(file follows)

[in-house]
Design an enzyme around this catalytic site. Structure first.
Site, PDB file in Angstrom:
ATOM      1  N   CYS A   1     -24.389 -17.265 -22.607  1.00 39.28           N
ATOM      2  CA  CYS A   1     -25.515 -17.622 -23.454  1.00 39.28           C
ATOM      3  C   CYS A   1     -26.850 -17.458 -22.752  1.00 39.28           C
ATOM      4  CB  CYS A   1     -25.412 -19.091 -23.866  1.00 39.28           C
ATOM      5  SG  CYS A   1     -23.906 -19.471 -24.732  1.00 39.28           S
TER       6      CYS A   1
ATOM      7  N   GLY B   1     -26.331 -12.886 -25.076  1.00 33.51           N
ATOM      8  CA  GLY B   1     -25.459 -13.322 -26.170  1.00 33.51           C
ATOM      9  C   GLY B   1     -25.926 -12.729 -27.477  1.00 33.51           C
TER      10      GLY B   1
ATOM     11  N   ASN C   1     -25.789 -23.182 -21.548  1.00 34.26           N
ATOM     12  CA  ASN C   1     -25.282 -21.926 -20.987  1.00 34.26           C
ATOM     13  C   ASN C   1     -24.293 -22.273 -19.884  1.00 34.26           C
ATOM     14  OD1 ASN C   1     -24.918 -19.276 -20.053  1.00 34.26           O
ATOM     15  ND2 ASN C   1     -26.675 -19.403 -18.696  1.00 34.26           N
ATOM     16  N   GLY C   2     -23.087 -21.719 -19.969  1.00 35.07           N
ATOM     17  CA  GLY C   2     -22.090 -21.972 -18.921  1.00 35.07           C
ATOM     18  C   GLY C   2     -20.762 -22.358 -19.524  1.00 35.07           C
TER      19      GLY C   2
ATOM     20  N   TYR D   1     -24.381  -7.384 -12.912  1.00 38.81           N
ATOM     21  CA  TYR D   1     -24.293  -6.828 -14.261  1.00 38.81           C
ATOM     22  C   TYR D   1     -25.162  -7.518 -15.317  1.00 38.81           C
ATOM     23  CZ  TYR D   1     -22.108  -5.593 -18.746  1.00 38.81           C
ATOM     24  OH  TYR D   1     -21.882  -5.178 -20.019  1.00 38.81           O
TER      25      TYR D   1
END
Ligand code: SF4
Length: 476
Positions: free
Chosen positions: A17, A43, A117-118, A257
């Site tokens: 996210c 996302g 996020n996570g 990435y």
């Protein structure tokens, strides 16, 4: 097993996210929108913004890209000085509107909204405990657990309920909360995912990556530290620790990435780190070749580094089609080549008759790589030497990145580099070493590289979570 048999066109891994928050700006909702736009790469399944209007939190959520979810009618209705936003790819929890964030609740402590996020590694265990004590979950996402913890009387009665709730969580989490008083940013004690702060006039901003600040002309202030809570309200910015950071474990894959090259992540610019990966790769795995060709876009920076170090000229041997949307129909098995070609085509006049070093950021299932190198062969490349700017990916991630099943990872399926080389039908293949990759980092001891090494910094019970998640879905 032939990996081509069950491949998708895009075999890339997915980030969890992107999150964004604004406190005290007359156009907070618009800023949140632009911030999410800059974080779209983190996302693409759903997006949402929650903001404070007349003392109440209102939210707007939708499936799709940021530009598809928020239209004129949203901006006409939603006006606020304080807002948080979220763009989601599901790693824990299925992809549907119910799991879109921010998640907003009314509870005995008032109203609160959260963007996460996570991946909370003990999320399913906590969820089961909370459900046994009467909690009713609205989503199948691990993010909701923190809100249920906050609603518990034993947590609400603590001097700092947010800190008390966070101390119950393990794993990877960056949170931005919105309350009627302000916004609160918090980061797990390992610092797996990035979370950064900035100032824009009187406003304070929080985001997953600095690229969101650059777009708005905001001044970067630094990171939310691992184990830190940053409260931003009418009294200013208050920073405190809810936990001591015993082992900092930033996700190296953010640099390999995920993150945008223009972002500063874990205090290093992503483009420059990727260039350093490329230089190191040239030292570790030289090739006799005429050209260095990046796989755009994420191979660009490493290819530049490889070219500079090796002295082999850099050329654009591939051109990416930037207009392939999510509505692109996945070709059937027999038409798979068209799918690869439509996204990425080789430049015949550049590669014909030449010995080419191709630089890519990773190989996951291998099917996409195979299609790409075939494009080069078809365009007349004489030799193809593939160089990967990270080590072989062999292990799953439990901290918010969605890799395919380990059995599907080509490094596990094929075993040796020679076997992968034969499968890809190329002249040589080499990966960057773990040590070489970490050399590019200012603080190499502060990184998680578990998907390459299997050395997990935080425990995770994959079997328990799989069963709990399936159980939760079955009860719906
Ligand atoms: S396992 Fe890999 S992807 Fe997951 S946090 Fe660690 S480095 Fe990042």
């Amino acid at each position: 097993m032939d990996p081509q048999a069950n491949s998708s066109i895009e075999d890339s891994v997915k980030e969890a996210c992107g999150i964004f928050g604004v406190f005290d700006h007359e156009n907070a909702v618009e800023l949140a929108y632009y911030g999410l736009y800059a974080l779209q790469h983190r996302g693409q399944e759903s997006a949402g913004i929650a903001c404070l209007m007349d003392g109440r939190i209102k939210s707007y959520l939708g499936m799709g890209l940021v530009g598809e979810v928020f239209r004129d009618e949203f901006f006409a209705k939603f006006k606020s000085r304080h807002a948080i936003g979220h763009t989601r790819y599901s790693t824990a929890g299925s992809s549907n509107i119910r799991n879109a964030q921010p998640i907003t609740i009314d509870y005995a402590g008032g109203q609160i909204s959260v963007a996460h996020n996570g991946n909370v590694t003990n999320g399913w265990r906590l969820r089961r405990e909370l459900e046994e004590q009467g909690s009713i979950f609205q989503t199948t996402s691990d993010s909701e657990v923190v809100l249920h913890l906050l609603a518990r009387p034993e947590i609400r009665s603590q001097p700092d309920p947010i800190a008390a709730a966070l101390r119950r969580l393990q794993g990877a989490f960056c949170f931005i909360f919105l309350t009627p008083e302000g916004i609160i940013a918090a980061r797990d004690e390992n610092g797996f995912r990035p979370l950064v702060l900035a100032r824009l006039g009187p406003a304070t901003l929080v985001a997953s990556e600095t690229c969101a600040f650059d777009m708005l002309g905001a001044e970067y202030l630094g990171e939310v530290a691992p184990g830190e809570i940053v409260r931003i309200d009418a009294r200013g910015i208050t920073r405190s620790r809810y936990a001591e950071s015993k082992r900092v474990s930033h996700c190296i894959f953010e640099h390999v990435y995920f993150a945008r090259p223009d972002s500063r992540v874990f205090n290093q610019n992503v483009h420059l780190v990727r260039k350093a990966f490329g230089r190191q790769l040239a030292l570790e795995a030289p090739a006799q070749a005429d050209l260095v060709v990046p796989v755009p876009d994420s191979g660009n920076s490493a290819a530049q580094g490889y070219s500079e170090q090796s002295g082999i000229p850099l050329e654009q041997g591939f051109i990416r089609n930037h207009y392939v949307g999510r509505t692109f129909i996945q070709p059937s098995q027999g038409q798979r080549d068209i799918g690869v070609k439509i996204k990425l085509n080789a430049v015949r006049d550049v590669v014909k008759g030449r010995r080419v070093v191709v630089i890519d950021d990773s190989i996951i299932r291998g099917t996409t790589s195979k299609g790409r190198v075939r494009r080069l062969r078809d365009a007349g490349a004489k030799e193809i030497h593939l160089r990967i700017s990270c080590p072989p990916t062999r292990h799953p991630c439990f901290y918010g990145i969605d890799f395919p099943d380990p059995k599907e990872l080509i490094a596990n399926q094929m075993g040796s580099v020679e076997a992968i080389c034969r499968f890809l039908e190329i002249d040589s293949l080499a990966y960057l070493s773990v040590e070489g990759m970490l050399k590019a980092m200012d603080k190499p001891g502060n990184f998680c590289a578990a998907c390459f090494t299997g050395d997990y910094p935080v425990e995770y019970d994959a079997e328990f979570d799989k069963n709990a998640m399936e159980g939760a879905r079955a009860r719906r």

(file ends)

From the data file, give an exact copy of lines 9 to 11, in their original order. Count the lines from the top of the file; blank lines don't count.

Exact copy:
TER       6      CYS A   1
ATOM      7  N   GLY B   1     -26.331 -12.886 -25.076  1.00 33.51           N
ATOM      8  CA  GLY B   1     -25.459 -13.322 -26.170  1.00 33.51           C